The opinion of the court was delivered by: DUSEN
This action is one for commissions allegedly due under an oral contract of exclusive agency whereby plaintiff was engaged to find a purchaser of the stock or assets of defendant corporation.
The suit, which was originally instituted in the Court of Common Pleas of Philadelphia County, was removed to this court under 28 U.S.C.A. § 1446. The individual defendants, Sarkes and Mary M. Tarzian, filed Motions to Quash the Sheriff's Return of Service as to them (Documents Nos. 3, 4, 6, 7), which motions were granted D.C., 167 F.Supp. 172 (Documents Nos. 9 and 10). After some discovery procedures had been completed, the corporate defendant, Sarkes Tarzian, Inc., moved for summary judgment under F.R.Civ.P. 56, 28 U.S.C.A. (Document No. 14). This motion, presently before the court, is based on defenses of the Statute of Frauds (Burns' Ind.Stat.Ann. 33-104), the Pennsylvania Brokers Act (63 P.S. §§ 432, 436 & 446), and non-fulfillment by plaintiff of the conditions of the contract which would entitle him to compensation. The facts before the court on this motion are summarized below.
Sarkes Tarzian, Inc., an Indiana corporation, is in the business of manufacturing and selling television parts and operating certain radio and television broadcasting stations. Mr. Sarkes Tarzian, the majority stockholder in this family corporation, orally employed plaintiff as exclusive agent to find a purchaser of the stock, assets or combination of stock and assets of the corporation in August 1956.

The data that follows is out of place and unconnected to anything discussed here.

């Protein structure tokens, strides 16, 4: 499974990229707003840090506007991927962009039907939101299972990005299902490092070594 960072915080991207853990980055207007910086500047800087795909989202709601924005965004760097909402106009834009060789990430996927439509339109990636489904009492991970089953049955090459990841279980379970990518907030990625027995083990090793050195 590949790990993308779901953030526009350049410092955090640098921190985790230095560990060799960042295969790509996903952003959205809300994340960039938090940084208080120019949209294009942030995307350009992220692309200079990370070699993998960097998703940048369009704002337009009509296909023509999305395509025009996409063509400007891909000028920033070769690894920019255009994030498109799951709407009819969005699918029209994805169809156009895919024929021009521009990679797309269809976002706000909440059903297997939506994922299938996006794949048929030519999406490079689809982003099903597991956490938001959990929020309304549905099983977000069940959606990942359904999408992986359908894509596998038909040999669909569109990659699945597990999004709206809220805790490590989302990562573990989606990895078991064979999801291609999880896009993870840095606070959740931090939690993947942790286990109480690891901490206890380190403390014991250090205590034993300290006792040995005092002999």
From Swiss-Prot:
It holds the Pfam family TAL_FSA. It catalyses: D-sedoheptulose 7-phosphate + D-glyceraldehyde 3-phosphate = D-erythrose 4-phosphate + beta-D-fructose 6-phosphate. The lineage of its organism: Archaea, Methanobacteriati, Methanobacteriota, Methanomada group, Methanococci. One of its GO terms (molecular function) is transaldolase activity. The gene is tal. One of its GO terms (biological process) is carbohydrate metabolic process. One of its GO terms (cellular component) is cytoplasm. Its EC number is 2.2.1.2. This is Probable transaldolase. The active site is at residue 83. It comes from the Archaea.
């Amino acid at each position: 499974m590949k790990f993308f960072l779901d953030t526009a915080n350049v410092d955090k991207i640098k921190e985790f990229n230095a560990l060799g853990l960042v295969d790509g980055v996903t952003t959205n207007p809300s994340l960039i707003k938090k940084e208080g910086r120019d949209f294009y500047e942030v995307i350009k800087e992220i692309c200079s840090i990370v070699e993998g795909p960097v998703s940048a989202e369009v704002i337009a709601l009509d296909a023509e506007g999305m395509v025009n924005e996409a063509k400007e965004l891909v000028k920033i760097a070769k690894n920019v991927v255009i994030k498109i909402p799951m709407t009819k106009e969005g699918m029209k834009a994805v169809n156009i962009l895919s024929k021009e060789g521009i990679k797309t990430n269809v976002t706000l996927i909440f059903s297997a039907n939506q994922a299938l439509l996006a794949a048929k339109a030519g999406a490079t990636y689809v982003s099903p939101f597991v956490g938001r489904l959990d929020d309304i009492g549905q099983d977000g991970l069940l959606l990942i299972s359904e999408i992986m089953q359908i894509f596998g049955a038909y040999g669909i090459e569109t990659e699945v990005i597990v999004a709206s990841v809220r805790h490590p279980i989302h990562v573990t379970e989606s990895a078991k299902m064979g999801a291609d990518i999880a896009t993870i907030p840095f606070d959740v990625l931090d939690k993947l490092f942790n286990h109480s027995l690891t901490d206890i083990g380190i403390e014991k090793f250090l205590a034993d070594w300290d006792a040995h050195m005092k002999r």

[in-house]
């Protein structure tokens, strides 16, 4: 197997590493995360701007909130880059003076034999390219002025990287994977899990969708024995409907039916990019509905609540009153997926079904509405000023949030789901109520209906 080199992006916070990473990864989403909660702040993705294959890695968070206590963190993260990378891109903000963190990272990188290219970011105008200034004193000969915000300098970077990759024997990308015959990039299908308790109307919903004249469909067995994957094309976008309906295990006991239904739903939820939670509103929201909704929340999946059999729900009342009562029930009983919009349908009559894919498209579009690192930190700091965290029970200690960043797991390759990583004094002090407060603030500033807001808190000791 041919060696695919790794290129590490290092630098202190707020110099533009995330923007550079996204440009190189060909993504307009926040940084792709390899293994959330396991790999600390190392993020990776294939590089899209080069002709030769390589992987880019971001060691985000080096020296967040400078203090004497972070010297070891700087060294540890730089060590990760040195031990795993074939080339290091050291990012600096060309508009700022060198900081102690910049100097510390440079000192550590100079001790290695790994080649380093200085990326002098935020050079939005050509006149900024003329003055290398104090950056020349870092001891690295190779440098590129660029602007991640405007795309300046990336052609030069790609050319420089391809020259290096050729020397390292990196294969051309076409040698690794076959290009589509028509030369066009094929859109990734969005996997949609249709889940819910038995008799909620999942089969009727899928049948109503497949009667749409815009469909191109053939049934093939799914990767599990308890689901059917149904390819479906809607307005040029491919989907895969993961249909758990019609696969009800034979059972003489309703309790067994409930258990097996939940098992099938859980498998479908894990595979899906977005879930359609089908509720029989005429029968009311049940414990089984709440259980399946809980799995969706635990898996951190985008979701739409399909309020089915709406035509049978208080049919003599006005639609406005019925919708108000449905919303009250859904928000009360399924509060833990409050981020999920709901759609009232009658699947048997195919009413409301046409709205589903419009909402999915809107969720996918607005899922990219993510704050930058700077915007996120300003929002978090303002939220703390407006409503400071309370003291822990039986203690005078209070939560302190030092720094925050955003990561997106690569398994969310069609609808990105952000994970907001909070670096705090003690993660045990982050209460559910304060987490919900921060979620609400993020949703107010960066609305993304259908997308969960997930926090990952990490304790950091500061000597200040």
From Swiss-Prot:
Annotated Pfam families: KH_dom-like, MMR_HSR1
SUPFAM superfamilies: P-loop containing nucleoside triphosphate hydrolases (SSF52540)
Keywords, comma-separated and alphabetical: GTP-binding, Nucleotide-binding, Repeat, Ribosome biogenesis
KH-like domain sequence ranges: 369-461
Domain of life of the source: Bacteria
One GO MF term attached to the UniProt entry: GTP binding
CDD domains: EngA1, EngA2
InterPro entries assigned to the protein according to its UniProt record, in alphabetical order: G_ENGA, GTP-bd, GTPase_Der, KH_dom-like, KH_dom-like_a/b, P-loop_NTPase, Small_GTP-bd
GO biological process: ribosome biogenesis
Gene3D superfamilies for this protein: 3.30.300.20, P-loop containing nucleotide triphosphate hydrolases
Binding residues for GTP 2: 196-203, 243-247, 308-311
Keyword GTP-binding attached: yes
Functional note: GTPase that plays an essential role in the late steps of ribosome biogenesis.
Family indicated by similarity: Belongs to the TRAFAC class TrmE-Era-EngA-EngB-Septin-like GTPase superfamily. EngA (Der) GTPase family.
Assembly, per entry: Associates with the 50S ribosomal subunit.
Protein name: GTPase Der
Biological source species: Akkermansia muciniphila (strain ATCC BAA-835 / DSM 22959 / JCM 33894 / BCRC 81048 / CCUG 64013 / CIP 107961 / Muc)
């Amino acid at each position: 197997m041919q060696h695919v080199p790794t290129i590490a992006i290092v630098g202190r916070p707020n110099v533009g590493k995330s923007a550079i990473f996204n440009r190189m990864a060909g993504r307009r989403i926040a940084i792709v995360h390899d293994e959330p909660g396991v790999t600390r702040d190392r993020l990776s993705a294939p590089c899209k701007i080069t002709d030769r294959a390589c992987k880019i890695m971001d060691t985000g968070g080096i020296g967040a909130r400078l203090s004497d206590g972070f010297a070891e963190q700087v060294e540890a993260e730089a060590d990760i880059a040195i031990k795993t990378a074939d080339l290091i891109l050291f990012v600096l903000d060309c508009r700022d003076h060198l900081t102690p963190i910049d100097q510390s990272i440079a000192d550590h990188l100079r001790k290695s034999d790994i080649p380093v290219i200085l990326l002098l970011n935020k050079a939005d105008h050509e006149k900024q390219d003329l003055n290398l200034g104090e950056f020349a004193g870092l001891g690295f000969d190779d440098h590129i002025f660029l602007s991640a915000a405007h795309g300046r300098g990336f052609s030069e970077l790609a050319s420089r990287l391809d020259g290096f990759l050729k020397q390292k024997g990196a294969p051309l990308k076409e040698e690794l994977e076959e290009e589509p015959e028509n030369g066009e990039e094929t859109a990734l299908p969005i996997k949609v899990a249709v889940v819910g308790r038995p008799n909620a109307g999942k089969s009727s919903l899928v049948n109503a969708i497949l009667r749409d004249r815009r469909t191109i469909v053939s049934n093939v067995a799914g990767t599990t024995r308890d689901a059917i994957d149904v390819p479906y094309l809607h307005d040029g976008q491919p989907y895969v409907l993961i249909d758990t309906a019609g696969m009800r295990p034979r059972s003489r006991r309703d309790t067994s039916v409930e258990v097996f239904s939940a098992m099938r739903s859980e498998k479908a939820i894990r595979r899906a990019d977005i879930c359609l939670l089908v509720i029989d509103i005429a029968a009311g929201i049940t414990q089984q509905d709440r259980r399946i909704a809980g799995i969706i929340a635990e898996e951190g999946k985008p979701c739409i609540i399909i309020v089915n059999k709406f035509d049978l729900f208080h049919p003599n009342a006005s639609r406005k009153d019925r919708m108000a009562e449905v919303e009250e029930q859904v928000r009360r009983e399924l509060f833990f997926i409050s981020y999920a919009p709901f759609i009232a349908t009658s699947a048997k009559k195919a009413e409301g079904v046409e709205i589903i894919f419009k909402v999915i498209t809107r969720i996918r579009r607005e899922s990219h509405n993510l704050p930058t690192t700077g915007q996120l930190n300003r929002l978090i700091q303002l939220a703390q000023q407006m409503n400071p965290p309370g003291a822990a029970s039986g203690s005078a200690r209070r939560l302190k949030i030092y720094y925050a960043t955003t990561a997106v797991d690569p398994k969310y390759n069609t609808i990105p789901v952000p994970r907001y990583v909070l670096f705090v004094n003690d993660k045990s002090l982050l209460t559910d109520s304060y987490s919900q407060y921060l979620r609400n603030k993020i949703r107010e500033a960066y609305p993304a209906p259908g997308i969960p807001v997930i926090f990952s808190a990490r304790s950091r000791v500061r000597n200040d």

The selling price was to be $ 12,000,000 or its equivalent in other property and plaintiff was promised a fair and reasonable commission. The assets of the corporation included some improved real estate situate in Indiana (see Exhibit A attached to Complaint, Document No. 1, valuing land and buildings at $ 2,200,000 without including machinery and equipment of 1.5 million). Written correspondence followed the oral contract.
Plaintiff produced a purchaser ready and willing to enter into an arrangement for the transfer of the business on or about February 9, 1957. The offer was communicated to Mr. Sarkes Tarzian on or about that date, but was subsequently rejected by him on February 28, 1957, due to alleged non-conformance with the terms of the offer to sell (see Exhibit B, attached to Complaint, Document No. 1). Plaintiff's claim is for fair and reasonable commission for his services in producing the above-mentioned purchaser, even though the sale was not consummated.
I. Authority of Mr. Tarzian to act for the defendant corporation
The Complaint alleges that Mr. Tarzian, acting for himself and as agent for the other individual defendant and defendant corporation, employed plaintiff to find a purchaser for the business, either through a sale of stock or assets of defendant corporation, a combination thereof, or other arrangement (Complaint, Document No. 1, par. 7).